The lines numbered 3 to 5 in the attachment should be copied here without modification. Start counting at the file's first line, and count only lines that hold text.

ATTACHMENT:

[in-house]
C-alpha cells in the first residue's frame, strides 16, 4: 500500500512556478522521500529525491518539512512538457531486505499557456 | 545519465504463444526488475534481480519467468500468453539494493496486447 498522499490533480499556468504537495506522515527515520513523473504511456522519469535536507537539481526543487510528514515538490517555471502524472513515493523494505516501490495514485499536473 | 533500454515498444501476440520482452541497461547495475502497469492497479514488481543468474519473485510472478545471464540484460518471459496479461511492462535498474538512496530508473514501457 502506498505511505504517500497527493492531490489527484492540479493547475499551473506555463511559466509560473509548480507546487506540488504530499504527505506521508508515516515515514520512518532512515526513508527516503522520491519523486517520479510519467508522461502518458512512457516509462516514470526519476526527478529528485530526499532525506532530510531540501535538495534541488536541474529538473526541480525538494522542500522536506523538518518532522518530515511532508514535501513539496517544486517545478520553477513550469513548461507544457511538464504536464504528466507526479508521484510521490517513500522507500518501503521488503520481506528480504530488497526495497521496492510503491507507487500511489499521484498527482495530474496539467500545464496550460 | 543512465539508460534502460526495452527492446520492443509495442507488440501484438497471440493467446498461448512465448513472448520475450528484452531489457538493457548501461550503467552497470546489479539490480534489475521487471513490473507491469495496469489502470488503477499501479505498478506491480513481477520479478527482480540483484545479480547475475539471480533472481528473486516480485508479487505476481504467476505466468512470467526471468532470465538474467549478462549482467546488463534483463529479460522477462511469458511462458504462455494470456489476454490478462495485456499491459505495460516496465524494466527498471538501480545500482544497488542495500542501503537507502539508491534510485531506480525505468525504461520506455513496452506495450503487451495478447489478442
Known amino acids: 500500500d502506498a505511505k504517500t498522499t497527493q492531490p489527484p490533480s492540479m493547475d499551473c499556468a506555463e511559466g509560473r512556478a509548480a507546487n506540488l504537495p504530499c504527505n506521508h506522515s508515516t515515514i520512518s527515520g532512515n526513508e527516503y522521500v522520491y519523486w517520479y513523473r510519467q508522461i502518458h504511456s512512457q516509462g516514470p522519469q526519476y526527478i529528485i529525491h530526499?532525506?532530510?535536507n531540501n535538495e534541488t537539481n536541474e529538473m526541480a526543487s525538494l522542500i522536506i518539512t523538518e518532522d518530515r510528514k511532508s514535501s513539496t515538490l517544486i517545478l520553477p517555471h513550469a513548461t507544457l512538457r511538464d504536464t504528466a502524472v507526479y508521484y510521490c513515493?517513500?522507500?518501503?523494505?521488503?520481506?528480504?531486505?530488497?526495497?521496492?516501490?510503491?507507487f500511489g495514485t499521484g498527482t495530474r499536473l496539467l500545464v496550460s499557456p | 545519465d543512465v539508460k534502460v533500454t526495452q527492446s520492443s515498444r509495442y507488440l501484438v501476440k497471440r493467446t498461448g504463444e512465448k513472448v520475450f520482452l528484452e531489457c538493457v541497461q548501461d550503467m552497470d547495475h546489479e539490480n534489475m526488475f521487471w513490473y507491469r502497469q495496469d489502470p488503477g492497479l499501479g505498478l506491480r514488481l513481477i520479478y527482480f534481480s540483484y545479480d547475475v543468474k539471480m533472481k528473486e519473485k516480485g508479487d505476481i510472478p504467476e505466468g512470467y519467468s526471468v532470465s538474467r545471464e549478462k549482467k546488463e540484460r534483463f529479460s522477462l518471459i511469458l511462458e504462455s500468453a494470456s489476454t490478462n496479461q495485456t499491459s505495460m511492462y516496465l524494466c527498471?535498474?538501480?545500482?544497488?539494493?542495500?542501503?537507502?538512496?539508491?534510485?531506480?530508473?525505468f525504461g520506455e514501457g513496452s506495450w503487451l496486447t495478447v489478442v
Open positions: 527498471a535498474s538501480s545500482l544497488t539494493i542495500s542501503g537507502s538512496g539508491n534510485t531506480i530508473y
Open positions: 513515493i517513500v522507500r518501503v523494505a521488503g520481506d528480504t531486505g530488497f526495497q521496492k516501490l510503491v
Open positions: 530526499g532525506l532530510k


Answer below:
Known amino acids: 500500500d502506498a505511505k504517500t498522499t497527493q492531490p489527484p490533480s492540479m493547475d499551473c499556468a506555463e511559466g509560473r512556478a509548480a507546487n506540488l504537495p504530499c504527505n506521508h506522515s508515516t515515514i520512518s527515520g532512515n526513508e527516503y522521500v522520491y519523486w517520479y513523473r510519467q508522461i502518458h504511456s512512457q516509462g516514470p522519469q526519476y526527478i529528485i529525491h530526499?532525506?532530510?535536507n531540501n535538495e534541488t537539481n536541474e529538473m526541480a526543487s525538494l522542500i522536506i518539512t523538518e518532522d518530515r510528514k511532508s514535501s513539496t515538490l517544486i517545478l520553477p517555471h513550469a513548461t507544457l512538457r511538464d504536464t504528466a502524472v507526479y508521484y510521490c513515493?517513500?522507500?518501503?523494505?521488503?520481506?528480504?531486505?530488497?526495497?521496492?516501490?510503491?507507487f500511489g495514485t499521484g498527482t495530474r499536473l496539467l500545464v496550460s499557456p | 545519465d543512465v539508460k534502460v533500454t526495452q527492446s520492443s515498444r509495442y507488440l501484438v501476440k497471440r493467446t498461448g504463444e512465448k513472448v520475450f520482452l528484452e531489457c538493457v541497461q548501461d550503467m552497470d547495475h546489479e539490480n534489475m526488475f521487471w513490473y507491469r502497469q495496469d489502470p488503477g492497479l499501479g505498478l506491480r514488481l513481477i520479478y527482480f534481480s540483484y545479480d547475475v543468474k539471480m533472481k528473486e519473485k516480485g508479487d505476481i510472478p504467476e505466468g512470467y519467468s526471468v532470465s538474467r545471464e549478462k549482467k546488463e540484460r534483463f529479460s522477462l518471459i511469458l511462458e504462455s500468453a494470456s489476454t490478462n496479461q495485456t499491459s505495460m511492462y516496465l524494466c527498471?535498474?538501480?545500482?544497488?539494493?542495500?542501503?537507502?538512496?539508491?534510485?531506480?530508473?525505468f525504461g520506455e514501457g513496452s506495450w503487451l496486447t495478447v489478442v
Open positions: 527498471a535498474s538501480s545500482l544497488t539494493i542495500s542501503g537507502s538512496g539508491n534510485t531506480i530508473y
Open positions: 513515493i517513500v522507500r518501503v523494505a521488503g520481506d528480504t531486505g530488497f526495497q521496492k516501490l510503491v